Santa Fe Dreamers Project – Interview with Director, Allegra Love
I was living in Santa Fe and teaching at an elementary school. It was a frustrating time. I was working with immigrant students and I saw how my student’s families were struggling. I decided to go to law school because I wanted to have a sophisticated toolbox of advocacy for those families. When I got out of law school I wanted to address the inequities for these families. Out of love for my students I wanted to take a creative approach and look at the inequities they’re facing to help them solve their problems. I wanted them to succeed in school. So, I went back to teaching for year and reconnected with all the families and got re-inspired to do this work. I then received a grant from Adelante to start exploring this project around Deffered Action, which gave me an opportunity to start shifting the status of the kids in the community. In Santa Fe there’s a 60 percent graduation rate and the dreamers I worked with had a 90 percent graduation rate. Maybe these kids aren’t “at-risk” at all. Maybe they just didn’t have the right tools.
When I was working as a social worker in the schools I would cruise the hallways to talk to kids who would qualify for the Deferred Action papers. We decided to open up a weekly free legal clinic in Santa Fe and people would come from all over the state to get advice and this is how things exploded. Last year we filed 400 applications for dreamers on a tiny budget. We’re not constrained by what traditional lawyering has to look like. We can do awesome things because we choose how this looks and feels.
Did you have a favourite work moment?
I had this couple come in a couple weeks ago. I had helped them with their deferred action a couple years ago, helping them change their status. They have two small kids. They came in and they were talking to me, sharing some updated. The woman just got promoted at the bank she’s working at. And, the man got promoted and they are closing on their first home. This is the kind of transition that will change their children’s lives! It’s a ladder out of poverty and especially in New Mexico this means so much. The admin to help them was so simple. Simple, legal work helped this family so much. I see examples of this all the time. This work with individuals can have actual impact on local and state economy and the health of the kids that live here.
What was it like to receive this Flow Funded grant from Erika Wanenmacher?
You don’t imagine that the art community is looking at this work and especially in Santa Fe where it’s hard to compete with the arts. It’s helpful and encouraging to have someone from that community look at what we’re doing and validate as important and meaningful. The donation is saying is that you believe that these kids matter and believe in what they are capable of. Investing in these changes is saying to these kids that they matter. That’s what the work does for these young folks.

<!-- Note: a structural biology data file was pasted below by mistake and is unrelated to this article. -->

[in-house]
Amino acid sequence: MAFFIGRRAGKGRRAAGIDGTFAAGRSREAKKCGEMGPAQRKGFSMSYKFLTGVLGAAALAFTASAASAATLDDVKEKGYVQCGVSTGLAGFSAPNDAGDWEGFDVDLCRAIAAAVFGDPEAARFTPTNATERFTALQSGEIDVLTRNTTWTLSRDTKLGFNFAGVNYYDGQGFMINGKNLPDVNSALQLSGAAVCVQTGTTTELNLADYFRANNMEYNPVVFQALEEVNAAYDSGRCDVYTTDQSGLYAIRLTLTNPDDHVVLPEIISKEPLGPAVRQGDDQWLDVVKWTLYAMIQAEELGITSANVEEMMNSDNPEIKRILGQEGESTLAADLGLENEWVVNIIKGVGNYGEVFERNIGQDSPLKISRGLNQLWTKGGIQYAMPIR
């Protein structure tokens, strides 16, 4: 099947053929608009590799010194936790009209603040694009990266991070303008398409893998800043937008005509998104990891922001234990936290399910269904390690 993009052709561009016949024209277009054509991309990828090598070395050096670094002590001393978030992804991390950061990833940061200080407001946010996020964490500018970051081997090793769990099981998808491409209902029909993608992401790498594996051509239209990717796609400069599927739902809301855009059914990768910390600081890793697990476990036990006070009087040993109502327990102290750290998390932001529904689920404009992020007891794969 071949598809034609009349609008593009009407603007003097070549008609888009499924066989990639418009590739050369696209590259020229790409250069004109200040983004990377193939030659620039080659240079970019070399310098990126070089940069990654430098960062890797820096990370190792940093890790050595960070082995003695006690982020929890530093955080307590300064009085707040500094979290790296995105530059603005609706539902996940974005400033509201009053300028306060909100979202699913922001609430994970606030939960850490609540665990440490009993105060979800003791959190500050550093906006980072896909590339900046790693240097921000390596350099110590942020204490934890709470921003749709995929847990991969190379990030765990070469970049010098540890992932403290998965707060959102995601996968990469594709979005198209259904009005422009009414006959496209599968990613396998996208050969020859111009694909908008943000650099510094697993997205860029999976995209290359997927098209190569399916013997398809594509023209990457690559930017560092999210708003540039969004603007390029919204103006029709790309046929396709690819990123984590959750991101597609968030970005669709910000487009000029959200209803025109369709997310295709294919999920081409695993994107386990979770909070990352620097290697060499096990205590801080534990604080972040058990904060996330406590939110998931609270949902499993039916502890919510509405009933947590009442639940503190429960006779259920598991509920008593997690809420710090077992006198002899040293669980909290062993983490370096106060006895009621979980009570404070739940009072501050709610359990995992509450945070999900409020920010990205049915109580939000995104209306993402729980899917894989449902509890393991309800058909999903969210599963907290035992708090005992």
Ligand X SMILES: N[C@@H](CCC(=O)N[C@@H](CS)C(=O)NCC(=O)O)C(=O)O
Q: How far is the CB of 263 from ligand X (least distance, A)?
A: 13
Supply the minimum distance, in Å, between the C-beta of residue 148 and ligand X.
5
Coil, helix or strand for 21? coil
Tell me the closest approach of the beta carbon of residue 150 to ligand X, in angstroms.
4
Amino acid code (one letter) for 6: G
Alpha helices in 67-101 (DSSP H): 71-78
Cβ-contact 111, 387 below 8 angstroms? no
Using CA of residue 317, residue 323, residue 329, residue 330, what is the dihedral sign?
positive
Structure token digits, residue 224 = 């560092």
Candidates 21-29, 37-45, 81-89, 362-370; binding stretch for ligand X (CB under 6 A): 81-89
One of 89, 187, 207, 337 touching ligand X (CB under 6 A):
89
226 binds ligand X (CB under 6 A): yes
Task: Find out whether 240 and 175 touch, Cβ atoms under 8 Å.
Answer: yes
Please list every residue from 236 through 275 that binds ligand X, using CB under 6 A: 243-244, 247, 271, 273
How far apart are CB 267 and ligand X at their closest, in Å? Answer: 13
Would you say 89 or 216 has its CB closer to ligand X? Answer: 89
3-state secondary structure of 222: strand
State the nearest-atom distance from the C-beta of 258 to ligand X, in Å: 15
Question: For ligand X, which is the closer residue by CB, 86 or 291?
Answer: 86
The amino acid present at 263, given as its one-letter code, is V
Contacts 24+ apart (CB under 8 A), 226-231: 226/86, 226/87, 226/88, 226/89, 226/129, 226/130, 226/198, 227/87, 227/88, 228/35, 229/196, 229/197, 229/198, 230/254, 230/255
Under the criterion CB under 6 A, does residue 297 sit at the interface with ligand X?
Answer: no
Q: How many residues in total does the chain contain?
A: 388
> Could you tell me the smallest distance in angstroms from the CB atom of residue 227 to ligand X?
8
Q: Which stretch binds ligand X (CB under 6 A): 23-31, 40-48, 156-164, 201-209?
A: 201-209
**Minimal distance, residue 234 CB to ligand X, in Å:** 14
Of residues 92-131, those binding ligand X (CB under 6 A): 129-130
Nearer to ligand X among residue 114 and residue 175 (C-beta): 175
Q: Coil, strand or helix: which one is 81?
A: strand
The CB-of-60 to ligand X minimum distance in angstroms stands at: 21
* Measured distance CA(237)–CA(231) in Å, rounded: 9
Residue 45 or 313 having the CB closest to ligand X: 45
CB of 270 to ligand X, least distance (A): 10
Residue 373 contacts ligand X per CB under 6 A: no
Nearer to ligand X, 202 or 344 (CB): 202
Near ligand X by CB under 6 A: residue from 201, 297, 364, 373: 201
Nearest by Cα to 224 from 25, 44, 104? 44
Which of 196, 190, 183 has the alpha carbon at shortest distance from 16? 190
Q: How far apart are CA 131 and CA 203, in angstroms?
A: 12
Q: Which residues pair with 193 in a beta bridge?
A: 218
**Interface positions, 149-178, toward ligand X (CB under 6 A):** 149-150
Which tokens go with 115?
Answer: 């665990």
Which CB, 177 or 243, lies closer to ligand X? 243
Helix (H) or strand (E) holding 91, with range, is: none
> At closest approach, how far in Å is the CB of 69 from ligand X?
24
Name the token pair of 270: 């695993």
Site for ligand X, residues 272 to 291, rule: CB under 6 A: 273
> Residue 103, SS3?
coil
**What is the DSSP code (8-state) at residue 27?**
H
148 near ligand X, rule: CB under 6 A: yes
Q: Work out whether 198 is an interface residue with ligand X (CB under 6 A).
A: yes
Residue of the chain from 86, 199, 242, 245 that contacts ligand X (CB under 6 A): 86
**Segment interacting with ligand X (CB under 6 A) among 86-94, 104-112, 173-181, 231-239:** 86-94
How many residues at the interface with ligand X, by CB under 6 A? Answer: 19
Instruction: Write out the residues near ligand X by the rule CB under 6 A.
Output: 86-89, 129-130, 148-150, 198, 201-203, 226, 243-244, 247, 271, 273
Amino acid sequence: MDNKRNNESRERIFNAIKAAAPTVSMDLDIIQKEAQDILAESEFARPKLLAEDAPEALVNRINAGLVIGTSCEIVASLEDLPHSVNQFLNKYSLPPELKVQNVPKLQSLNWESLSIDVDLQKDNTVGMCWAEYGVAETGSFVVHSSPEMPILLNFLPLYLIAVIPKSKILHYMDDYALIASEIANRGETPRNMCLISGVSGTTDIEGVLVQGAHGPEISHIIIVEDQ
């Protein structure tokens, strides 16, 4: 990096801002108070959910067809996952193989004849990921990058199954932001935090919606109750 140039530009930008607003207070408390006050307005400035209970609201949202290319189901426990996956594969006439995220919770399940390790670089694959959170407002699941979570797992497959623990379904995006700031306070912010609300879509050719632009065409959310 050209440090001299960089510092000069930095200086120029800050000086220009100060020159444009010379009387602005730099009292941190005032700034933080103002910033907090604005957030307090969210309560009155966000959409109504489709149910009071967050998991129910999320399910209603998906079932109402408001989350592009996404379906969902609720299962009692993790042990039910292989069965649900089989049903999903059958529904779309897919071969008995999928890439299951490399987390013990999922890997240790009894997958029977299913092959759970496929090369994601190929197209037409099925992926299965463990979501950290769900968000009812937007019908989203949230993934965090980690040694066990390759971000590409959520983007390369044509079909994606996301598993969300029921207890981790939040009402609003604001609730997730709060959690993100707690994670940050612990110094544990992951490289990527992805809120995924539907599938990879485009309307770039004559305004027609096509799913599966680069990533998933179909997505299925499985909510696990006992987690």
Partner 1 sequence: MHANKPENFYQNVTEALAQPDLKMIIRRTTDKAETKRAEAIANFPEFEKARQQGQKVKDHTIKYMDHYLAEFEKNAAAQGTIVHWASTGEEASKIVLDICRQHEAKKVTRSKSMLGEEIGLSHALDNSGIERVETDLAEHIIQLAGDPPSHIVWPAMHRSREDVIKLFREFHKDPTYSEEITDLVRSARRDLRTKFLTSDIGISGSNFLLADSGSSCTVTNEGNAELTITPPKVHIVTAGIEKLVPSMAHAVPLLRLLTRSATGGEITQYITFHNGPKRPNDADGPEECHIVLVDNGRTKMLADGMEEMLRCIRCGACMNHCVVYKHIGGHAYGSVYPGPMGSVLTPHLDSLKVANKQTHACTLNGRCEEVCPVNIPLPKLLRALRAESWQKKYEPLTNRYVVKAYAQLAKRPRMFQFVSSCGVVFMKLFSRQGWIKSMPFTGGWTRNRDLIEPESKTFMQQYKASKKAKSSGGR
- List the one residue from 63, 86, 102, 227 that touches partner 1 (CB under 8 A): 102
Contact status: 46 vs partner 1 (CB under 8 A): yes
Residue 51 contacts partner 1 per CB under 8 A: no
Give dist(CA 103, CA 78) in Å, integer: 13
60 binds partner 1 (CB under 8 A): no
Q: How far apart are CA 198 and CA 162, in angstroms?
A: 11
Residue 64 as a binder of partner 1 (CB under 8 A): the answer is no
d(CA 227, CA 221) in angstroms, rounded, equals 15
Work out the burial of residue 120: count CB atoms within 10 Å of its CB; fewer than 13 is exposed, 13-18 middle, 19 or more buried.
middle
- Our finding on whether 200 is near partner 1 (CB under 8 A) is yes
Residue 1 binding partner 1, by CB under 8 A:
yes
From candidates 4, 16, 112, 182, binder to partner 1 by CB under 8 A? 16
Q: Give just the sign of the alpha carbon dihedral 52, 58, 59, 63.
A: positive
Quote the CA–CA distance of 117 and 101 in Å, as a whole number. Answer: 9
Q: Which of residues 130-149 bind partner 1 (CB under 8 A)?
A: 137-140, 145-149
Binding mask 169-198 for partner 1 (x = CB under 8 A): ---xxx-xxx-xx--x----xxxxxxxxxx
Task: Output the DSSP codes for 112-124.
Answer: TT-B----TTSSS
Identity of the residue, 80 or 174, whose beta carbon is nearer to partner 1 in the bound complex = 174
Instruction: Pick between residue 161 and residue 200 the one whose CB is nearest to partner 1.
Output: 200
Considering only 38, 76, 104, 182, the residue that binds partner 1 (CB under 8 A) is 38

What are you going to do with your grant?
We have this RV called Dreams on Wheels. We have a pilot project where we’re trying to bring our legal services to very rural areas in New Mexico–to the most underserved communities. The grant is helping to retrofit the RV so we can bring these services to these communities and have some fun.
If you could nominate one person to become a Flow Funder who would it be and why?
Cara Pro Bono Project – They crowdsource legal aid projects for refugee children detained at the border.
Allegra Love is the attorney and director of SF Dreamers. She began her career at Santa Fe Public Schools in 2005 as a bilingual elementary school teacher and followed her passion for working with immigrants to law school. After graduating from the University of New Mexico School of Law, she came to work for the Adelante program of Santa Fe Public Schools, where she founded this project. She volunteers extensively, both in her community and elsewhere, for organizations like the Santa Fe Youth Commission, No More Deaths, and New Mexico Dreamers in Action (NM-DIA). Most recently, she has worked to defend Central American women and children detained on the US border. She is a member of the American Immigration Lawyers Association (AILA). She has a BA from Dartmouth College, a JD from the University of New Mexico School of Law, and is a licensed teacher in the state of New Mexico. She loves country music and riding around in trucks.
About Erika Wanenmacher: The artist Flow Funder who brought us to SF Dreamers
What was that lightbulb moment when you knew who you wanted to recommend for your Flow Fund?
Allegra came to mind specifically. She’s so amazing in her dedication. I didn’t know about what she did until a couple years ago. I talked to her at a party and she had just come back from a women and children’s holding facility in NM, she called it the baby jail. It’s a place for kids crossing the borders by themselves, escaping different places in Central America. She started telling me about a whole volunteer force of lawyers, that she is a part of and I thought it was unbelievable. I talked to her again just after this Flow Fund news went out and she thanked me. No, thank you! You’re doing work that most of us can’t do. To be able to put this money towards the cool stuff she’s doing with the dreamers project is awesome.
What was the Flow Fund experience like for you?
It was great! It was more money than I could give to people individually. In fact, when I got my Kindle check (for her Makers Muse Award in 2013) I gave a few people money. I tried to spread it around. It was pretty thrilling!